Stuart Davis is an example of a painter who allied himself with the Left, but who never reduced his work to slogans. His “In a Florida Auto Camp” from a 1926 issue of New Masses has social content but is not propaganda. And other illustrations are near-Cubist, something that might not have found favour with a dogmatic Party man like Mike Gold had it not been for Davis left-leaning politically.  Artists had to be careful if they wanted Party approval. Otto Soglow, for example, was “a clear example of how the revolutionary artist who has not yet reached a sufficiently high ideological political level proves incapable of embodying in his creation the dialectical unity of the part with the whole, how he concentrates the whole fire of his critique on isolated phenomena of the capitalist system without showing their connection with the system as a whole”. Booth says that those comments by a Russian critic caused Mike Gold to drop Soglow from the pages of New Masses. It perhaps didn’t bother Soglow too much. He had a successful career as a cartoonist for large-circulation newspapers.

An artist whose work I like very much is Reginald Marsh whose 1932 “Bread Line – No-One Has Starved” is a classic work from the period. Marsh was not overtly political in his art, and much of it is a form of idiosyncratic social comment. In some ways he’s descended from the Ashcan School of artists (John Sloan, William Glackens, and others), with a focus on recording the everyday urban lives of ordinary people.  He’s certainly not forgotten. A large book, Swing Time: Reginald Marsh and Thirties New York (New York Historical Society, New York, 2012) published to accompany an exhibition of the same name, is a wonderful evocation of bars, cinemas, theatres, street corners, shops, subways, and much else that made up city life at that time.

William Gropper was one of the most active artists in the left-wing press, and his “Graduation Day” from New Masses is worth noting. It focuses on white collar workers waiting gloomily in an employment agency, presumably knowing that there will be few, if any, job vacancies available. And if there are they will be low-grade and poorly paid. I was reminded of a poem from 1934 published in the first issue of Partisan Review. Alfred Hayes’ “In a Coffee Pot” is about the plight of the unemployed who are over-educated for the jobs they may get : “The bright boys, where are they now?/Fernando, handsome wop who led us all/The orator in the assembly hall/Arista man the school’s big brain/He’s bus boy in an eat quick joint/At seven per week twelve hours a day/ His eyes are filled with my own pain/His life like mine is thrown away”. Hayes also wrote the poem “ I Dreamed I Saw Joe Hill Last Night” which was set to music and recorded by Paul Robeson and other singers with left-wing affiliations. Later, after the Second World War, he was better known as a novelist and Hollywood screenwriter and seemed to have left his radical past behind him. As he said in a poem: “But who remembers now/The volunteers to Spain?/Or how the miners stood/Sullen and angry men/In Lawrenceville in the rain?”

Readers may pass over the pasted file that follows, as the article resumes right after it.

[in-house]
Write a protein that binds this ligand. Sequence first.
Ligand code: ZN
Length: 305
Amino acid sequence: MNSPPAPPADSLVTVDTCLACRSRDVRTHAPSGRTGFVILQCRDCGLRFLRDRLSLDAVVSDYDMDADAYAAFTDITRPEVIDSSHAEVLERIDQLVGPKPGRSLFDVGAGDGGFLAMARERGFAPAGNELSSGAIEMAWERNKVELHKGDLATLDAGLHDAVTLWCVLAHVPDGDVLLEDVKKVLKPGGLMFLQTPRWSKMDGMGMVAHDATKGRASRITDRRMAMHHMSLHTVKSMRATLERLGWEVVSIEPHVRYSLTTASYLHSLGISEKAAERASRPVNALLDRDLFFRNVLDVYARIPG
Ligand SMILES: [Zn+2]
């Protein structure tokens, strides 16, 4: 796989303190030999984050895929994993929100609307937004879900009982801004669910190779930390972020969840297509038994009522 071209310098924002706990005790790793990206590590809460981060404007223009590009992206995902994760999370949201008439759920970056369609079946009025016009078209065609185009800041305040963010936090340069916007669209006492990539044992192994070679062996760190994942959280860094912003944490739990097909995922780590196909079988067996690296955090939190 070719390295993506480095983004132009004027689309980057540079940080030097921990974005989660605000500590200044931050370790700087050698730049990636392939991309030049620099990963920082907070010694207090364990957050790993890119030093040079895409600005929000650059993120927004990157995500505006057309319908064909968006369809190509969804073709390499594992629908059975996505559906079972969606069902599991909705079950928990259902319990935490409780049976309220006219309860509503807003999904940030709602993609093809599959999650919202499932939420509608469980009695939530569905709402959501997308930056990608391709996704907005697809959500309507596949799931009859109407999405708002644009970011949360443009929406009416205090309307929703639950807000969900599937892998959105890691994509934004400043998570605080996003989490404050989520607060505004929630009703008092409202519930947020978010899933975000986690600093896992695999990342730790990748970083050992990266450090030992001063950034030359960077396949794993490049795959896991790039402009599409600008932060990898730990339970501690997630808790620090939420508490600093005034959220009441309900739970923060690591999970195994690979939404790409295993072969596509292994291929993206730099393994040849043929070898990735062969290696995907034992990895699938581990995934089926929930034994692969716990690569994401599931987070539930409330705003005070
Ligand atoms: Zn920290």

There are a few other artists who, if named, could evoke a response. Rockwell Kent and Art Young might be among them, though in Young’s case it could be that only  left-wingers would be likely to know his work. But what of Fred Ellis, Mabel Dwight (her lithographs have power), Louis Lozowick – a superb illustrator of industrial scenes, the samples of his work are especially impressive – Joe Jones (a muralist), Peggy Bacon, Jacob Burck, who did striking covers for New Masses, and Dan Rico with what look like well-made, eye-catching wood engravings?  I’ve pulled just a few names from a list of around forty that Booth provides. It's sometimes possible to find out a little more about a few of the artists, what happened to them when the Left collapsed in America, and so on. How many of them were, like Syd Hoff, visited by the FBI and asked about their earlier involvements?  But essentially they’re now mostly forgotten.

As I said earlier, Comrades in Art is something of a curiosity in terms of its publication history. As well as discussing individual artists it has information about the debates within communist circles in both America and Russia concerning the nature and requirements of proletarian art, social or socialist realism, and similar matters. Information is given about the critics, again both American (Malcolm Cowley, James T. Farrell, Waldo Frank, Joseph Freeman) and Russian, who might be said to have set the pace for approaches to art by artists and their potential audiences. There is a lengthy bibliography.

While writing this review, and I admit that it was largely done to draw attention to Booth’s book, as well as to highlight the appearance of a new edition of The Ruling Clawss, I had occasion to consult several other publications:

Artists on the Left: American Artists and the Communist Movement, 1926-1956 by Andrew Hemingway. Yale University Press, New Haven, 2002.

American Expressionism : Art and Social Change 1920-1950 by Bram Dijkstra. Harris & Abrams, New York, 2003.

Radical Art: Printmaking and the Left in 1930s New York by Helen Langa. University of California Press, Berkeley, 2004.

Exiles from a Future Time: The Forging of the Mid-Twentieth Century Literary Left by Alan M. Wald. The University of North Carolina Press, Chapel Hill, 2002.